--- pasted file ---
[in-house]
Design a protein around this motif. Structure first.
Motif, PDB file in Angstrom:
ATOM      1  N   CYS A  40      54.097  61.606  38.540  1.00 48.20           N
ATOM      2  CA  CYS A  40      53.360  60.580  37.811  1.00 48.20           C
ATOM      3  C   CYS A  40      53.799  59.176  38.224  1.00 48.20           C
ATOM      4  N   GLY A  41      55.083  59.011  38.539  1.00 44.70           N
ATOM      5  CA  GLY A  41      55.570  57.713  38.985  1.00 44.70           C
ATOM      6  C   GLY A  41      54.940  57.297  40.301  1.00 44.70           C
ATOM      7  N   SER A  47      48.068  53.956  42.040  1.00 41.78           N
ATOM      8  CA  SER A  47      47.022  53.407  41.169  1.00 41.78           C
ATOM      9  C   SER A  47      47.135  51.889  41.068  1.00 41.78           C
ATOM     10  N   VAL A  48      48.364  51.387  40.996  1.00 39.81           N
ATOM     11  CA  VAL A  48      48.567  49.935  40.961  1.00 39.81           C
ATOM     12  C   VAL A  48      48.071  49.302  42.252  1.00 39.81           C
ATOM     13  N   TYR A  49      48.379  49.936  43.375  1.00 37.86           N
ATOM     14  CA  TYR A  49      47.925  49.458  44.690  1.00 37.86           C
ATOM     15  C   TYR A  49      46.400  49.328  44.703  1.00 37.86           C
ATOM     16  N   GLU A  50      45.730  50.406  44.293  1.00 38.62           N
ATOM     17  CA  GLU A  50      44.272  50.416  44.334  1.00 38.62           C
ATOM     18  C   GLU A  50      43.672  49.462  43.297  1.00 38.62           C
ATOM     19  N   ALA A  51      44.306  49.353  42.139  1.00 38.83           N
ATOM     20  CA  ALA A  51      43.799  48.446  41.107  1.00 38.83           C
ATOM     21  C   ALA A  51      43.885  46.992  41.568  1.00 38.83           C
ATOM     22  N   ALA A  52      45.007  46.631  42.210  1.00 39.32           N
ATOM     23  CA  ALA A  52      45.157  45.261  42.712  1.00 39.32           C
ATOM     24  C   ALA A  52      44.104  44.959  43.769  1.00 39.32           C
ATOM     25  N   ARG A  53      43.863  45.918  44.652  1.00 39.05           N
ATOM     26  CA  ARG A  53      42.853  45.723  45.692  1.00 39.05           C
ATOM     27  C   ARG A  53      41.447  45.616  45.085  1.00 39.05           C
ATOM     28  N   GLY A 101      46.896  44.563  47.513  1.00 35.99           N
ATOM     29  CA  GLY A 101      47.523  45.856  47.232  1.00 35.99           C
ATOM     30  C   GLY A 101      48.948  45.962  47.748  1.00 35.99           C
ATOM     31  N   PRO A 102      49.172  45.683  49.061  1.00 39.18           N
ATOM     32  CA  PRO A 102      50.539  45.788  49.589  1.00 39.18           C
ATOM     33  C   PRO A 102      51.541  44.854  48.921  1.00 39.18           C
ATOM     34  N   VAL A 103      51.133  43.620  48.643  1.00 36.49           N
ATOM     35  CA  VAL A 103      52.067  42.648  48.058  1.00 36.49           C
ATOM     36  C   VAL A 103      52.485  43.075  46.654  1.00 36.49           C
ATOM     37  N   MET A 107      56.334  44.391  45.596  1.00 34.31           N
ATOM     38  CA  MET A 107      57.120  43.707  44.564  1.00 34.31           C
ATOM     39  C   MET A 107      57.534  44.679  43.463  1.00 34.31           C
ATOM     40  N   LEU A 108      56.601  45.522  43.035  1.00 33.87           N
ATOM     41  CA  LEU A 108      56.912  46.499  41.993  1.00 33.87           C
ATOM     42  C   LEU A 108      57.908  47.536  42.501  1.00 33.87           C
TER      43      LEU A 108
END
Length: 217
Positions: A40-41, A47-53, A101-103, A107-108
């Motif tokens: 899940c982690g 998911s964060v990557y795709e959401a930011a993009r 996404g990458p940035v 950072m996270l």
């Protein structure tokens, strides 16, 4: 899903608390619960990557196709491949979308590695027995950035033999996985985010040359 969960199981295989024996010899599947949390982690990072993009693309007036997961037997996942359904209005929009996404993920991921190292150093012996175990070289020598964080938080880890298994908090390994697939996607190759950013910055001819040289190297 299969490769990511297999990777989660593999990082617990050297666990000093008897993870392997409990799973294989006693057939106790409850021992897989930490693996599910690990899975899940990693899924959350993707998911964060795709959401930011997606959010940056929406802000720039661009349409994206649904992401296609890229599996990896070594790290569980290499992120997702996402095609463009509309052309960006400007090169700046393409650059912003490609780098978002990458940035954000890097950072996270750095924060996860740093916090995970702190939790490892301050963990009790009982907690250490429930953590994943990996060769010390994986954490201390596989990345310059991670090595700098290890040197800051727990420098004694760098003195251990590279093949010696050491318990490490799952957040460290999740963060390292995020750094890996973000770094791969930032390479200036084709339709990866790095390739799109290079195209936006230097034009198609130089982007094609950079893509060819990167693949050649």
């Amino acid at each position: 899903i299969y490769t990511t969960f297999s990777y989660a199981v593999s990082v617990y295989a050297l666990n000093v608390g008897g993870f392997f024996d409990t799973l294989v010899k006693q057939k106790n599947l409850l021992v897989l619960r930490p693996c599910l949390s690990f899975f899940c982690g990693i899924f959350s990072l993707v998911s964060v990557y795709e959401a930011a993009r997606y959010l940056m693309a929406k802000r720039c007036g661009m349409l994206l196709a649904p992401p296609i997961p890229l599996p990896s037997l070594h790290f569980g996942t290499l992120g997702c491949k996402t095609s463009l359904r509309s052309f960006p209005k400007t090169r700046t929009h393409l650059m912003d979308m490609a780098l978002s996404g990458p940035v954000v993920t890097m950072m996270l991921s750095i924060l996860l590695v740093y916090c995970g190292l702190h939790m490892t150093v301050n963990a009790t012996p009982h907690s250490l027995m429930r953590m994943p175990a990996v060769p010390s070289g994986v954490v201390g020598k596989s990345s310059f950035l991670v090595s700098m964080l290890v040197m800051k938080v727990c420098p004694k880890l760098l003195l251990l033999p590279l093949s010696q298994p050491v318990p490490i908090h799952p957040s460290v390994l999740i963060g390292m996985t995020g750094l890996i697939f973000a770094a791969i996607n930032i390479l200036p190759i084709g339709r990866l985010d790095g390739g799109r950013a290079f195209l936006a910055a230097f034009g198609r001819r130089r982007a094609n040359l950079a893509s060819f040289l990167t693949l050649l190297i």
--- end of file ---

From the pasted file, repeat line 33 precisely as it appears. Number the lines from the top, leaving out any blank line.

ATOM     30  C   GLY A 101      48.948  45.962  47.748  1.00 35.99           C